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On Our Minds is the name of KERA's mental health news initiative. The station began focusing on the issue in 2013, after the mass shooting in Newtown, Connecticut. Coverage is funded in part by the Donna Wilhelm Family Fund and Cigna.

Why Doctors Are So Quick To Diagnose ADHD


About 10 percent of American children are diagnosed with ADHD. There’s evidence, though, that suggests many people who have been told they have the condition may not.

Today on Think, Krys Boyd talked with Alan Schwarz, author of “ADHD Nation: Children, Doctors, Big Pharma, and the Making of an American Epidemic,” about kids who are misdiagnosed.

The KERA Interview

Alan Schwarz on …

… the number of ADHD misdiagnoses:  

“The APA (American Psychiatric Association) says that ADHD affects about 5 percent of school-aged children. We’re diagnosing 15. I don’t mind accepting that it’s real because then we have to demand that medical professionals handle it properly, and right now even though some of the diagnoses are correct ... a lot of them are wrong. And who’s talking about them?"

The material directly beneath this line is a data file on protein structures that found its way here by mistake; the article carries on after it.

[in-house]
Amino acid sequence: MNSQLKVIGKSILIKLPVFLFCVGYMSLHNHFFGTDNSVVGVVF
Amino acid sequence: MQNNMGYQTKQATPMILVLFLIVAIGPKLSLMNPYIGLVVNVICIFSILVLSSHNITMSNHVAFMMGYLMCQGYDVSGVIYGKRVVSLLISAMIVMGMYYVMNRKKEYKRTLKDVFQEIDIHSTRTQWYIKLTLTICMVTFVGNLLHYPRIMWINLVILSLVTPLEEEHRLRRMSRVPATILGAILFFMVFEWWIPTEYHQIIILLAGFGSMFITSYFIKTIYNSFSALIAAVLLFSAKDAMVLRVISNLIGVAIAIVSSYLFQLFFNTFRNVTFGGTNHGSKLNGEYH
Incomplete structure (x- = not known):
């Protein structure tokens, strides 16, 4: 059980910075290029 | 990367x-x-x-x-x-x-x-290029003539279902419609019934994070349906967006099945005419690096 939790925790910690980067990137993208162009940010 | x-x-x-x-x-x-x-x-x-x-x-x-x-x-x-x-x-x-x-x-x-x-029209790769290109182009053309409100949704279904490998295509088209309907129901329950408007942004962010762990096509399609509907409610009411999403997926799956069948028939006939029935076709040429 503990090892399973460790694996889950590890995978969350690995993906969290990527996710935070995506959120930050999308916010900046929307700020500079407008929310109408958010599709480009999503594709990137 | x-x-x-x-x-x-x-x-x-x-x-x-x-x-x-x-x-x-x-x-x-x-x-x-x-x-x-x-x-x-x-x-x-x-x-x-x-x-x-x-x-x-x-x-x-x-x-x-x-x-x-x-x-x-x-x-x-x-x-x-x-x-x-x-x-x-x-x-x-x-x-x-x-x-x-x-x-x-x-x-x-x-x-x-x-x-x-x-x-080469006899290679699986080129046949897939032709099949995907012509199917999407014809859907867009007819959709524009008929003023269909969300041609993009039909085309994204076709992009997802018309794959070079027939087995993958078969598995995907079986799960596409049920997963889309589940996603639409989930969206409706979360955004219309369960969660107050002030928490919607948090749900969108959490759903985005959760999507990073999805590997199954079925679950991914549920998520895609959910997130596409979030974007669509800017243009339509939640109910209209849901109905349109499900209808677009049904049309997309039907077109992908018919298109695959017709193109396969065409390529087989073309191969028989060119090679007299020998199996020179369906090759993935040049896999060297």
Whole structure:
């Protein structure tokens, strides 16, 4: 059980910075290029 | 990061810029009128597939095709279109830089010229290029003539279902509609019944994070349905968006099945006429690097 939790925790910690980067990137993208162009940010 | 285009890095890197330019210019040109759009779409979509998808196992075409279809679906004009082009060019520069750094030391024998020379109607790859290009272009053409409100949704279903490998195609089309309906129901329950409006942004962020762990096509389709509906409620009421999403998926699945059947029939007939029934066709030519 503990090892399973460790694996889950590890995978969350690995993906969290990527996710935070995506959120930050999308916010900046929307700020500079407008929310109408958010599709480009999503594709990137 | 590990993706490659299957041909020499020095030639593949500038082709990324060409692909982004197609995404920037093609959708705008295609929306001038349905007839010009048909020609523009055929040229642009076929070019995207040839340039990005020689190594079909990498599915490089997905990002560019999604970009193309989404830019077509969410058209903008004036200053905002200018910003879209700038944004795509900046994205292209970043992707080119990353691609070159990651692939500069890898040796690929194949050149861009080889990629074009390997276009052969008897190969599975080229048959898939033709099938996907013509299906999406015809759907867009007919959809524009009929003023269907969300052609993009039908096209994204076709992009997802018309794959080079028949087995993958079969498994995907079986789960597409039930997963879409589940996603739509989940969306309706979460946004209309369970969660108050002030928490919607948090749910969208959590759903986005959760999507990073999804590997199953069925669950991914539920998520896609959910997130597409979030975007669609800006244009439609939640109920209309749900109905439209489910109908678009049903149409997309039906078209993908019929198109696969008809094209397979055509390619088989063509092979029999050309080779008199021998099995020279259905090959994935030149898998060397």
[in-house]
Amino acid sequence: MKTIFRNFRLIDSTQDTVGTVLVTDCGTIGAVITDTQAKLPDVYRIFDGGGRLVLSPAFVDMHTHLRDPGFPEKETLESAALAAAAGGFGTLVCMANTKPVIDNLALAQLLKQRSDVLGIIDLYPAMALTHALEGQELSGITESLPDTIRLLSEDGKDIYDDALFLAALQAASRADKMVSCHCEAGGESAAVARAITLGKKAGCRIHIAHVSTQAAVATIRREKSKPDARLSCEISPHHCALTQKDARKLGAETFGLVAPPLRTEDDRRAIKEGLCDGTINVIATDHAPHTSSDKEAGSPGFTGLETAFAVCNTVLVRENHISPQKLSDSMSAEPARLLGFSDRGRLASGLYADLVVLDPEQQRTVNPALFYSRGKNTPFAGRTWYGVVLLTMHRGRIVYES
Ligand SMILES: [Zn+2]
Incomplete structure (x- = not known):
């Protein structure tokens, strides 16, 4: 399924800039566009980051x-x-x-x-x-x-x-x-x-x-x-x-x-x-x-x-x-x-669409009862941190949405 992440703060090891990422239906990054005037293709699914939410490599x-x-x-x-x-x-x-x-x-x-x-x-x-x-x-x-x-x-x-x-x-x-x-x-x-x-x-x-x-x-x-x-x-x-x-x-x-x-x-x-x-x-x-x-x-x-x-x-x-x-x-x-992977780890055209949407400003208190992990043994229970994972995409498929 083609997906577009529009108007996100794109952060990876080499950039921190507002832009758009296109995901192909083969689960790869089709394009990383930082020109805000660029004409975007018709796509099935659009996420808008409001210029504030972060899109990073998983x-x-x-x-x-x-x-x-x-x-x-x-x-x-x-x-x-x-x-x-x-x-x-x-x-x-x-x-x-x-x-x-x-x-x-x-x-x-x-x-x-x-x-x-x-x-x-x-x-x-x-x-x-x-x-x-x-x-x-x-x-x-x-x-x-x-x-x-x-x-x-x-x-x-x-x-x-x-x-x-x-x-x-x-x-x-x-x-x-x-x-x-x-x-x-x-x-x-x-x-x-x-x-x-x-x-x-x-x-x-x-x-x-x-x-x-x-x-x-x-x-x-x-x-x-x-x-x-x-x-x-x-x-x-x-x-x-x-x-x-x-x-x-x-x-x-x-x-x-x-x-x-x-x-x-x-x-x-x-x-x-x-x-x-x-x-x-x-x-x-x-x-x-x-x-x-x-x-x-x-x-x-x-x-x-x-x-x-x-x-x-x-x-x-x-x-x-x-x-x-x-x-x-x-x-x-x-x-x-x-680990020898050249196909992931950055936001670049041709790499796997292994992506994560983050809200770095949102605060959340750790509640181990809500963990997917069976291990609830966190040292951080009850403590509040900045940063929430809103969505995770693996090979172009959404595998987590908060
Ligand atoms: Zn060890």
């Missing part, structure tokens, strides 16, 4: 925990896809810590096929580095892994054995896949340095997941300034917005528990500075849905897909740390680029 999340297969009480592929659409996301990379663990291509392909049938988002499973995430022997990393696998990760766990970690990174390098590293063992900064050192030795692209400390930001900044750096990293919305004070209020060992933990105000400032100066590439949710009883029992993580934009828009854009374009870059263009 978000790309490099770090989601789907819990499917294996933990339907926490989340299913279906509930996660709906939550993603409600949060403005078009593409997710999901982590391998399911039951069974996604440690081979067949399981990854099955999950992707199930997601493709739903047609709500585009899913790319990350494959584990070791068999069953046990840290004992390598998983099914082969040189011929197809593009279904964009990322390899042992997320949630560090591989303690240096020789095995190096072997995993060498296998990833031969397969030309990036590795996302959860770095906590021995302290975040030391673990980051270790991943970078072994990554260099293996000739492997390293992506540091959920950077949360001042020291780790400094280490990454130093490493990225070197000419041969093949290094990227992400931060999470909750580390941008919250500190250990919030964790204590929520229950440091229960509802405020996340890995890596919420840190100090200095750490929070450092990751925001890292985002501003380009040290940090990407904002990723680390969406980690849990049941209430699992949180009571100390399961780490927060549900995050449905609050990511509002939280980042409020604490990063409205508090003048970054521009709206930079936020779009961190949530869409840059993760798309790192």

…  how children are diagnosed:

“In order to diagnose a child appropriately, first of all they have to have all the behaviors or at least most of the behaviors associated with ADHD. And those are hyperactivity, impulsivity and inattention. And you’re supposed to take a long time to figure out how long these behaviors have been a problem. Can they be attributed to anything else?"

… other things that can be misdiagnosed as ADHD:

“There are a lot of things that can cause ADHD type behaviors or bring them about and you need to rule those things out. There’s anxiety. There’s sleep deprivation. There’s diet. There’s lack of exercise. I’m not saying a majority of ADHD cases can be solved with exercise or diet, but we skip all these other steps and jump to a very serious diagnosis.”  

… the cost of misdiagnosis:  

“Unfortunately, a lot of medical professionals will say, ‘You know what? I only have 40 minutes. I’m just going to do my best.’ And to me if you get it right, it’s heroic. If you get it wrong, that’s child abuse. We have to get more accurate in doing this because were telling millions of children, erroneously, that you have what is often described as a lifetime devastating brain disorder.”